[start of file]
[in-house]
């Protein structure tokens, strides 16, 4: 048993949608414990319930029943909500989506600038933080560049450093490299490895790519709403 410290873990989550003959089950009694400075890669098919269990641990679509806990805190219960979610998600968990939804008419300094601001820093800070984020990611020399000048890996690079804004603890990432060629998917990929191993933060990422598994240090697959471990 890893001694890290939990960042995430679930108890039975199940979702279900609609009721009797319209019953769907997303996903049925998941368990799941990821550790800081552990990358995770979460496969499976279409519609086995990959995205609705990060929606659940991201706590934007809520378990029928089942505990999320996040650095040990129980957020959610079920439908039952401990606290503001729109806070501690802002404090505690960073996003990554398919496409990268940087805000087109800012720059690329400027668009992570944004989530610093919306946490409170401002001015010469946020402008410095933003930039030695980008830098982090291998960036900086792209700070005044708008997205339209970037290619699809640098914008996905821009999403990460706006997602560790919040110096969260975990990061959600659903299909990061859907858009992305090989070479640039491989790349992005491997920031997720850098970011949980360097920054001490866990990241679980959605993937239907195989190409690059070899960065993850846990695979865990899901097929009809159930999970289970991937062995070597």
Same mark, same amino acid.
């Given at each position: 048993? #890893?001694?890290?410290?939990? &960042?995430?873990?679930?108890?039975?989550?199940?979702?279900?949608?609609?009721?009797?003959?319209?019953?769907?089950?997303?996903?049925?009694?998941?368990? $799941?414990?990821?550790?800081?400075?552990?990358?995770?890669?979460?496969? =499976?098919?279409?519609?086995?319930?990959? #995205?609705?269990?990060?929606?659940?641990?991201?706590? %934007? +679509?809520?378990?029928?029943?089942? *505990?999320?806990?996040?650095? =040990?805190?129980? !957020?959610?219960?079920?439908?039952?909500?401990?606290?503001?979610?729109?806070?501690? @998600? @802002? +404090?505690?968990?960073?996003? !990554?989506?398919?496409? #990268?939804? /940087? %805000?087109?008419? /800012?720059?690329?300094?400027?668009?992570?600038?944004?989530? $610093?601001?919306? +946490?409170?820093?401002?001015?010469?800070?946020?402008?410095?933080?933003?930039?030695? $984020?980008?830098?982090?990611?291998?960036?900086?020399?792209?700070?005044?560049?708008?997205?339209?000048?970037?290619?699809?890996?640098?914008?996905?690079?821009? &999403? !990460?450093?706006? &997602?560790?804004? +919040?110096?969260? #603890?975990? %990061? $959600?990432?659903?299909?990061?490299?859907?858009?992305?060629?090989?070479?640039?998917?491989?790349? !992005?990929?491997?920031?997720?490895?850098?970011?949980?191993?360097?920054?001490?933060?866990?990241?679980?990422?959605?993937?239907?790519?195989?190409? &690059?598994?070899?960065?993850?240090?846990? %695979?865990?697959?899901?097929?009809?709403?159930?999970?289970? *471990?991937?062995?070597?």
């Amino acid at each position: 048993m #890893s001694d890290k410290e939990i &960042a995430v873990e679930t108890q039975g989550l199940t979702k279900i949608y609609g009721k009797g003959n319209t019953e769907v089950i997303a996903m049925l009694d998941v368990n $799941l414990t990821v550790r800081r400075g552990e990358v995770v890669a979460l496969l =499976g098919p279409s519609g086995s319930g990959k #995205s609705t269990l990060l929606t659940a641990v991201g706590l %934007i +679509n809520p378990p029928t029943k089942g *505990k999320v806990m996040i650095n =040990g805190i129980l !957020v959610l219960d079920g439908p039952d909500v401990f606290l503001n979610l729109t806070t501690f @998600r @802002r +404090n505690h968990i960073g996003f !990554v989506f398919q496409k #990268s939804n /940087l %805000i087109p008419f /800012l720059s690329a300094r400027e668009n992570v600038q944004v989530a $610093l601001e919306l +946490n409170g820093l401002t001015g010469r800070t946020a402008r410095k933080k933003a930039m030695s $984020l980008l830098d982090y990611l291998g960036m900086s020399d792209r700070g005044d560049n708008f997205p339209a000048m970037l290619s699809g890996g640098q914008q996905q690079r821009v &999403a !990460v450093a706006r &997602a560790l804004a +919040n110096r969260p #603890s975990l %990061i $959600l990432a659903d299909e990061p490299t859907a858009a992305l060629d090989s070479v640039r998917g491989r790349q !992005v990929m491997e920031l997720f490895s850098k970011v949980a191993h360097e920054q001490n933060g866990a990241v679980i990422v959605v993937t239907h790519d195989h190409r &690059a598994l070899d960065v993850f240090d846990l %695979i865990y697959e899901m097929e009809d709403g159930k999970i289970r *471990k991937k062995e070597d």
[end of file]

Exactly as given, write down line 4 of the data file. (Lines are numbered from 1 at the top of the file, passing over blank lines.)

């Given at each position: 048993? #890893?001694?890290?410290?939990? &960042?995430?873990?679930?108890?039975?989550?199940?979702?279900?949608?609609?009721?009797?003959?319209?019953?769907?089950?997303?996903?049925?009694?998941?368990? $799941?414990?990821?550790?800081?400075?552990?990358?995770?890669?979460?496969? =499976?098919?279409?519609?086995?319930?990959? #995205?609705?269990?990060?929606?659940?641990?991201?706590? %934007? +679509?809520?378990?029928?029943?089942? *505990?999320?806990?996040?650095? =040990?805190?129980? !957020?959610?219960?079920?439908?039952?909500?401990?606290?503001?979610?729109?806070?501690? @998600? @802002? +404090?505690?968990?960073?996003? !990554?989506?398919?496409? #990268?939804? /940087? %805000?087109?008419? /800012?720059?690329?300094?400027?668009?992570?600038?944004?989530? $610093?601001?919306? +946490?409170?820093?401002?001015?010469?800070?946020?402008?410095?933080?933003?930039?030695? $984020?980008?830098?982090?990611?291998?960036?900086?020399?792209?700070?005044?560049?708008?997205?339209?000048?970037?290619?699809?890996?640098?914008?996905?690079?821009? &999403? !990460?450093?706006? &997602?560790?804004? +919040?110096?969260? #603890?975990? %990061? $959600?990432?659903?299909?990061?490299?859907?858009?992305?060629?090989?070479?640039?998917?491989?790349? !992005?990929?491997?920031?997720?490895?850098?970011?949980?191993?360097?920054?001490?933060?866990?990241?679980?990422?959605?993937?239907?790519?195989?190409? &690059?598994?070899?960065?993850?240090?846990? %695979?865990?697959?899901?097929?009809?709403?159930?999970?289970? *471990?991937?062995?070597?």